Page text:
Marcel LeJeune

There can be a balance of learning a language (necessary to success if they live here) and retention of culture (also important).

There should be a concerted effort in the Church to assist immigrants to the USA in learning English (free ESL classes, etc.) as well as an opportunity to worship in their native tongue. Balance seems to be the key in my opinion.

A Simple Sinner

A couple of the spanish speakers at work seem to have enrolled in some ESL courses and busily spend their breaks reading grade-school level mystery novels in English. I have noticed marked improvement in the past few months.

I have also noticed in the large Spanish speaking community that works where I do that a total support system in Spanish is available to them with one caveat - it simply allows them to function in at a subsistence sort of working poor level.

For the record, I live in a midwestern state, not the SW. And my county is now 11%+ Spanish speaking.

By not stressing the need for English, we are basically saying that "Don't worry, you can live and work in Spanish speaking environments on the lower end of the wage scale your whole life." In my broken Spanish that I have been picking up out of my necesity to communicate with some co-workers who don't speak any English, I have come to learn that more than a few of them have been in the US as long or longer than I have been alive. Some of these folks who have been here as long don't have the English language skills to communicate some of the most basic things. 30 years!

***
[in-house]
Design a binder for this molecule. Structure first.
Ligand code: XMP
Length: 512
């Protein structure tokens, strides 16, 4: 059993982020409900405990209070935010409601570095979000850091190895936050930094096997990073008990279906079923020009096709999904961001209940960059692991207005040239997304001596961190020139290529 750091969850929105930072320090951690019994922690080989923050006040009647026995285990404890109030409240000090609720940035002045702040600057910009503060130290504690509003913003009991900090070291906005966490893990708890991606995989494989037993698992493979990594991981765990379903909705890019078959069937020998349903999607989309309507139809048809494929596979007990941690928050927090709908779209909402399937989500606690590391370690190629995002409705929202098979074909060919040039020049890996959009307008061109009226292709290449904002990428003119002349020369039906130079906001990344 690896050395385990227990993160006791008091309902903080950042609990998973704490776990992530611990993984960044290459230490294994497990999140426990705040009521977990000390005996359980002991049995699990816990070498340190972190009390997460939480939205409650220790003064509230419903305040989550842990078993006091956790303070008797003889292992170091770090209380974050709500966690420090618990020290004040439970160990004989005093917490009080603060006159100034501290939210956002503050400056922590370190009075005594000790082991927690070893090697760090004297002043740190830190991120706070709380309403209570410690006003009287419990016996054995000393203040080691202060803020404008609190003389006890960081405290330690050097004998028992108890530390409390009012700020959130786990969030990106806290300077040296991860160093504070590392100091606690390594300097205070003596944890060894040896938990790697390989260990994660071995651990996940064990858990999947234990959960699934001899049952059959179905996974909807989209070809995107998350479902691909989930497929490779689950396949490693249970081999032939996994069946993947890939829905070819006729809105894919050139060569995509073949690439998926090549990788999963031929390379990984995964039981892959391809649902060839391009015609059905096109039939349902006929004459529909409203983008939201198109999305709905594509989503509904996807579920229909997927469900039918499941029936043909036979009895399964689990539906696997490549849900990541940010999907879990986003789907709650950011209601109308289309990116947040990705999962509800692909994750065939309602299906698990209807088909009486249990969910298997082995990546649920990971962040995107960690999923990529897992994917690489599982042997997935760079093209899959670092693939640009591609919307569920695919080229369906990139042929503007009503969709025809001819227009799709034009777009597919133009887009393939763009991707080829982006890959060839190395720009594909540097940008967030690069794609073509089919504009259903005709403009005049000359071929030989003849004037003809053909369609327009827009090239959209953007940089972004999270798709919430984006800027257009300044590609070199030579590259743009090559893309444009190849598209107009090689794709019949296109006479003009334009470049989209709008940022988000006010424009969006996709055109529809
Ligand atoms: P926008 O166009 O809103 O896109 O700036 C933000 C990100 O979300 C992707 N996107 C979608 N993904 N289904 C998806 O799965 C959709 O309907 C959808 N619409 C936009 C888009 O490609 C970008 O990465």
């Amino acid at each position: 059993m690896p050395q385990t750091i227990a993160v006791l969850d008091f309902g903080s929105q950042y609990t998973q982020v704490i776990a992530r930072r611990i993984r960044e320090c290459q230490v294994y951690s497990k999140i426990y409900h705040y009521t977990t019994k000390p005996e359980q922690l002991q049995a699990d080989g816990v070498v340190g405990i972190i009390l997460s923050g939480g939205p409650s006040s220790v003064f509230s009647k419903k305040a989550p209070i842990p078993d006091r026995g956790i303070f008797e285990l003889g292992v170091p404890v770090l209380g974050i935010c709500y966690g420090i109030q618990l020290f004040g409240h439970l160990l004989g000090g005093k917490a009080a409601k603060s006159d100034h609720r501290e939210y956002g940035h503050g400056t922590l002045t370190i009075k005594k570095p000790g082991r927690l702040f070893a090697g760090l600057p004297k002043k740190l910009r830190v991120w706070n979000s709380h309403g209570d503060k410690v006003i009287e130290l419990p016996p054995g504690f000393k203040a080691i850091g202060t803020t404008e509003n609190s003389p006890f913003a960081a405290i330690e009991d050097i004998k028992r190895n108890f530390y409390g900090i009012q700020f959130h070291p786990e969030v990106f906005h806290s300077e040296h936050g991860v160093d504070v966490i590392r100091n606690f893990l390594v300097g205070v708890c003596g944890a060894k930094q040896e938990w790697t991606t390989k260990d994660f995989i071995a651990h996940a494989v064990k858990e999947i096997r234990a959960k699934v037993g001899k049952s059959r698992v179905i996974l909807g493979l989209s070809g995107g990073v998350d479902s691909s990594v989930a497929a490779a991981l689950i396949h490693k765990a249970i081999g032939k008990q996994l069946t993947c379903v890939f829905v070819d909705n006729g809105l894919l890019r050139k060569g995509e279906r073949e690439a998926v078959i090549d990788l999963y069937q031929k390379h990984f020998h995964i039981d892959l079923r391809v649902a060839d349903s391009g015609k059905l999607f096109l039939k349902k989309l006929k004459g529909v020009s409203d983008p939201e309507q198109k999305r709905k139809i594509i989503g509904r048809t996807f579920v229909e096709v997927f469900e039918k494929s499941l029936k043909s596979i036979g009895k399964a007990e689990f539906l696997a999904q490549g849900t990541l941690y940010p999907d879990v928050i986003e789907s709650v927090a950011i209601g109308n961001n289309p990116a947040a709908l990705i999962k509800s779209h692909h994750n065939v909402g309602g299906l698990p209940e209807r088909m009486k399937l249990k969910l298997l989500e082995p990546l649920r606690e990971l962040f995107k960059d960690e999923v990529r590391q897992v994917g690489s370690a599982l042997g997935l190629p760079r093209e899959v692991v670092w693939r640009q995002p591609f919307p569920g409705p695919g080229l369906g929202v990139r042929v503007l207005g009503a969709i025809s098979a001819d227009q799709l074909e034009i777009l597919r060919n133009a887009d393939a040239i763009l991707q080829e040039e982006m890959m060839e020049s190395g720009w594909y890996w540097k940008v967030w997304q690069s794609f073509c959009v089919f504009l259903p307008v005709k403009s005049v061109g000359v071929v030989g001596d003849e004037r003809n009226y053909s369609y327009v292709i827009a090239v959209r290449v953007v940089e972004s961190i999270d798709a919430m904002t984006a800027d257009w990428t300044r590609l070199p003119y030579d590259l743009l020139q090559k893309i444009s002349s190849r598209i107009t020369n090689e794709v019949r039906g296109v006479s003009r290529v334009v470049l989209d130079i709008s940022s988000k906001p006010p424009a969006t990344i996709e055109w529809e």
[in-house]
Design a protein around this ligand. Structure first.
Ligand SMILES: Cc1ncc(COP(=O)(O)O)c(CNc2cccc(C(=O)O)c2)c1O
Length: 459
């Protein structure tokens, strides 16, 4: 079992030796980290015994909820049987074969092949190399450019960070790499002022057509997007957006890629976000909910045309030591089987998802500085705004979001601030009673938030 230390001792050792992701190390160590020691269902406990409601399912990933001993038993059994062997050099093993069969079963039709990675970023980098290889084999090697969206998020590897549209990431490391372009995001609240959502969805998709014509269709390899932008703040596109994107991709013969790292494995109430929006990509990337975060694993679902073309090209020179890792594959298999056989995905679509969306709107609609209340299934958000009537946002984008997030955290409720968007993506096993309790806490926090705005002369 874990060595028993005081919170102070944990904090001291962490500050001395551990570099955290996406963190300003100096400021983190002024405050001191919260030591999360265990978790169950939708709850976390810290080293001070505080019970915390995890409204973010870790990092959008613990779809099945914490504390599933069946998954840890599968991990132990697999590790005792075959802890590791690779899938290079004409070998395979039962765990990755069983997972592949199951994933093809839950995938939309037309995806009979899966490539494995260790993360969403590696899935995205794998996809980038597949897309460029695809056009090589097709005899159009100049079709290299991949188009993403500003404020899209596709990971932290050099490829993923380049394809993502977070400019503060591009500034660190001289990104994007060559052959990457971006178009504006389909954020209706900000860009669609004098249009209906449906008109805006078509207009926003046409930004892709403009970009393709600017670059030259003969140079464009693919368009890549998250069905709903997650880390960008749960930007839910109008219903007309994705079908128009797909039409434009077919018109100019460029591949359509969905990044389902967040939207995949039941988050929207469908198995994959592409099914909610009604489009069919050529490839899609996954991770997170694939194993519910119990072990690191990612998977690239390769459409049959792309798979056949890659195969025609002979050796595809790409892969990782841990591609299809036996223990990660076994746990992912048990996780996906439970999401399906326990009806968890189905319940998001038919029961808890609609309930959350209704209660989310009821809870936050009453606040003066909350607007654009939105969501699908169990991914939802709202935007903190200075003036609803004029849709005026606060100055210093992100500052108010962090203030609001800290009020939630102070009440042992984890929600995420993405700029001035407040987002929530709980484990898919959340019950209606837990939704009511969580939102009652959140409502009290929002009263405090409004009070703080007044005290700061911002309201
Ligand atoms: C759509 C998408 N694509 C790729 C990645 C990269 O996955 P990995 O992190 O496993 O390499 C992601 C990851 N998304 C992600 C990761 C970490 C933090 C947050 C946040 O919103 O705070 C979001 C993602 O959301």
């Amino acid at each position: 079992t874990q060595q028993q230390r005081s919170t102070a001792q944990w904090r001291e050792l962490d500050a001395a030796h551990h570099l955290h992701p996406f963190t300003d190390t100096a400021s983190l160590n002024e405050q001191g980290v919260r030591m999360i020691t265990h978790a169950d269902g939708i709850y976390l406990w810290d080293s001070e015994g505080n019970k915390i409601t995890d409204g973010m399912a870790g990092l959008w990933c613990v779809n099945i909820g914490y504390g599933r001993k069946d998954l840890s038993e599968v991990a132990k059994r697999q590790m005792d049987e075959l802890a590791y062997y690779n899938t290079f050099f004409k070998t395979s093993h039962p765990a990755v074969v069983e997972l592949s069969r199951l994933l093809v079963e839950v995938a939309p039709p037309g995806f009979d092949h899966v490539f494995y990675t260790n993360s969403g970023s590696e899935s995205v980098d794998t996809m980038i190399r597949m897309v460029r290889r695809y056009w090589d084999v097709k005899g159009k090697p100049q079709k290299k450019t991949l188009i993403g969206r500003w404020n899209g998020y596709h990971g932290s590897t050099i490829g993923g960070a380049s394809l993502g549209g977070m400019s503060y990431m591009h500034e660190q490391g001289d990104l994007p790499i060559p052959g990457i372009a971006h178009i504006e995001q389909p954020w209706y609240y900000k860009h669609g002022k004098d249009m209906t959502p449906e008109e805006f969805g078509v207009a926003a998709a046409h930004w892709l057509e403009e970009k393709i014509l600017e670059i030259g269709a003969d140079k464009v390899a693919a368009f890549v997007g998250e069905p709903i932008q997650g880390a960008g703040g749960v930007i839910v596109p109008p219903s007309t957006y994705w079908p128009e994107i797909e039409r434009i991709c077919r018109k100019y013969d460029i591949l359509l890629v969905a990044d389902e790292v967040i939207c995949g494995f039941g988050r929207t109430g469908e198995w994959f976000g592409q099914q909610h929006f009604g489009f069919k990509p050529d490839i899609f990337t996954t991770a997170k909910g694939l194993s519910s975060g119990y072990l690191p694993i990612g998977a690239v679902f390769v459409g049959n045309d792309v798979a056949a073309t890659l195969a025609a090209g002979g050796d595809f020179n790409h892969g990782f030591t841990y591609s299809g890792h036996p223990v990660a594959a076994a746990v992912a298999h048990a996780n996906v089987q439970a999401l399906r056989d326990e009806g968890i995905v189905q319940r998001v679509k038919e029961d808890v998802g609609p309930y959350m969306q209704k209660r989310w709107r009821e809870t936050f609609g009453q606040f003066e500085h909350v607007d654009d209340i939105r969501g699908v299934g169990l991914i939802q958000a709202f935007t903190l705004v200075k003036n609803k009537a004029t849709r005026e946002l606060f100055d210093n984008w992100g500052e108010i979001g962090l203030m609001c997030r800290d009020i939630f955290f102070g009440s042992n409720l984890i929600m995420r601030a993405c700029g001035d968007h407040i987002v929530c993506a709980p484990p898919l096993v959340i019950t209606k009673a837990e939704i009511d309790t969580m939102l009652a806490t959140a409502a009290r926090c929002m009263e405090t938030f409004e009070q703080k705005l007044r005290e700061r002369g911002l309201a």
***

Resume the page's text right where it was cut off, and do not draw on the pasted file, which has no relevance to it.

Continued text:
For the record, more than a few of them are so smart and hard-working, I believe if they spoke English, they would be MY boss.

I am not so much trying to convey some exasperation that they don't "Go native" here in the US speaking English, just saddened by the fact that this lack of language skills has relegated many of them to working two dish-washing jobs, or housekeeping work, or the like. You can faithfully cook or clean or do whatever for 30 years, but the promotions and upward mobility will simply NEVER be there in many instances.

To the detriment of many immigrants, the "Shadow Spanish" sub-culture that sustains MANY at first, goes on to enslave them.

Sadly, immigrants who remail Spanish-only will end up in a servant class permanantly - the niche has already been created here in Ohio - I can only imagine LA.